Shetland Knitwear’s Future
A few weeks ago we had a special visit from a group that is very important to the future of Shetland Knitwear: some of Shetland’s next generation of knitters. They came from the island of Whalsay to the east of Shetland’s mainland to spend a few hours knitting in the shop with a little guidance and amazement from Sandra and Ella.
Whalsay is the quintessential ‘Shetland’ community with a strong fishing industry, traditional crofting and an abundance of knitting talent. It is therefore not surprising that a knitting group was set up in the school there, allowing school age bairns the chance to learn how to knit. From what we saw they have been doing really well and will hopefully progress even after they leave school.
Groups such as this are vital as knitting amongst young people in Shetland is far less common than it once was. Not too long ago every child in Shetland was taught to knit at primary school, but this was scrapped by the Shetland Islands Council in a round of funding cuts. This was a very unpopular move as knitwear is part of Shetland’s culture and identity and has contributed towards its economy for centuries. Hopefully Whalsay’s knitting group will inspire more around the islands and keep this tradition alive.
They knit with the colours we selected for a competition at the Voe & District Agricultural Show in Shetland and can enter their finished pieces to that if they wish. They will be back at J&S knitting during Shetland Wool week; the programme for which is very close to being finalised so more information will become available soon. If you happen to be around you could see for yourselves how great they are. The future of Shetland Knitwear is in safe hands!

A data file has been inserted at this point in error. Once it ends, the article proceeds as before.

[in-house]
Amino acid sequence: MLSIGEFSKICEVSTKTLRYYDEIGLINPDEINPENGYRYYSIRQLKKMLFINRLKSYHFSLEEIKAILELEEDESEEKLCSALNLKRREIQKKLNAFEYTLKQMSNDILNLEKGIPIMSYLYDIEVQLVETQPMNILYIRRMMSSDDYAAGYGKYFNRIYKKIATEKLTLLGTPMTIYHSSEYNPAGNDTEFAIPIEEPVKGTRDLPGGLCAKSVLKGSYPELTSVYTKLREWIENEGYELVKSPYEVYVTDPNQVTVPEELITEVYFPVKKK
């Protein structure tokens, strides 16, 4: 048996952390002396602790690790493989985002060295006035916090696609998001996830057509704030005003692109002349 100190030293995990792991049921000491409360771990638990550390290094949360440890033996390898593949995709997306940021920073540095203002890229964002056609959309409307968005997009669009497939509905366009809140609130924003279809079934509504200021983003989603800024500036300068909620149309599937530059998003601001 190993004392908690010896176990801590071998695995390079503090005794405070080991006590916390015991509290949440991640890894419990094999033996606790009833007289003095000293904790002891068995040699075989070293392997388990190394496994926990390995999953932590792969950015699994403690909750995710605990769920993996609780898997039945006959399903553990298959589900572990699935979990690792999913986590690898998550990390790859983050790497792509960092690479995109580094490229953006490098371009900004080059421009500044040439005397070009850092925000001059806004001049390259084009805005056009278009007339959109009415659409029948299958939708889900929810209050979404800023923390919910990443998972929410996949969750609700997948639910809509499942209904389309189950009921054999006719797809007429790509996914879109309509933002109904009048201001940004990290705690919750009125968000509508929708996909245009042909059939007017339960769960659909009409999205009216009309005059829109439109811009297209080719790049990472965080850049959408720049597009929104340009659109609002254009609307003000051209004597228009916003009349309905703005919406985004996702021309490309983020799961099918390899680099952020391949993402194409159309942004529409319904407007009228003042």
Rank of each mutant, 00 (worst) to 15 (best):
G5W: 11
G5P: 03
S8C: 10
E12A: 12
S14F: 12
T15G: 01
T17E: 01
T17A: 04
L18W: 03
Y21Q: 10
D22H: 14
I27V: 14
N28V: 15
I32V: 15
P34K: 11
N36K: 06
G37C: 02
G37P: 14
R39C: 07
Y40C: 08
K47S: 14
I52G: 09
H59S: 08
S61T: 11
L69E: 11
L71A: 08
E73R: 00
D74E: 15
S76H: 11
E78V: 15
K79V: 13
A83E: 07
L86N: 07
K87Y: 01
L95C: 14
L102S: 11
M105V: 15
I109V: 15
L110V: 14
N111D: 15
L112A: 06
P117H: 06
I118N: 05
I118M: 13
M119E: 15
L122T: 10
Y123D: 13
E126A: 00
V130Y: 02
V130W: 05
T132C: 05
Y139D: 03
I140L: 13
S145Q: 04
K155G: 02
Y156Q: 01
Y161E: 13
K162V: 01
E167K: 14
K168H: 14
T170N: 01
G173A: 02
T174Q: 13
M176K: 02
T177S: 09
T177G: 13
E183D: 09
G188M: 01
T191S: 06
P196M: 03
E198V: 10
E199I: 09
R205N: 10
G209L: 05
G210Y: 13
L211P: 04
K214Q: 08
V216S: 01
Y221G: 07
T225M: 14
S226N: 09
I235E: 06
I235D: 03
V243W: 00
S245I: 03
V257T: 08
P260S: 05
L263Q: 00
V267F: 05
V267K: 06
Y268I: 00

lovely to see, I remeber having my knitting lessons each week at Brae Primary and being so jealous of the boys when they went out to play football while we girls sat in the hall and did our knitting. Glad they taught it to us though, doubt any football skills I may have learnt back then would be bringing me in a few pounds now!!
Brilliant! I think there is also a group running in Unst as well (heard this last year so I may be out of date 🙂
I had knitting lessons at the Ollaberry Primary School and the boys were taught along with us girls and dare I say it one of the older boys was by far and away the best knitter. I didn’t learn any Fair Isle at school, though I know that in some areas Fair Isle was learnt – but it was an aunt who learnt me to do Fair Isle one memorable Easter holiday which I spent with her in Lerwick, My own sons did knitting classes also in Ollaberry and Urafirth Primary schools up until recently – though the skills have not been used in their careers/hobbies I think that they found the class interesting to an extent. Perhaps though making and mending creels and general net mending skills are also dying arts which are skills that are also being lost to an extent as well for the male population of Shetland.
The girls used to learn to knit in our school too – and my mum used to teach the boys to knit when they were in Primary 3 – 30 mins every Wednesday afternoon after her Primary 1 class went home. I always remember watching her turn all their knitted squares into a variety of things. It’s a talent that shouldn’t be lost!
No boys in pic as far as I can see! One of my student friends came from Shetland and I remember he was a knitter. He used to return after holidays with amazing patterned waistcoats he’d made for himself 🙂
All children should learn to knit and sew in school and surely volunteers could do the teaching so it wouldn’t cost a penny. Knitting is very relaxing and would be good for them. And it would be an alternative to using mobile phones and computers.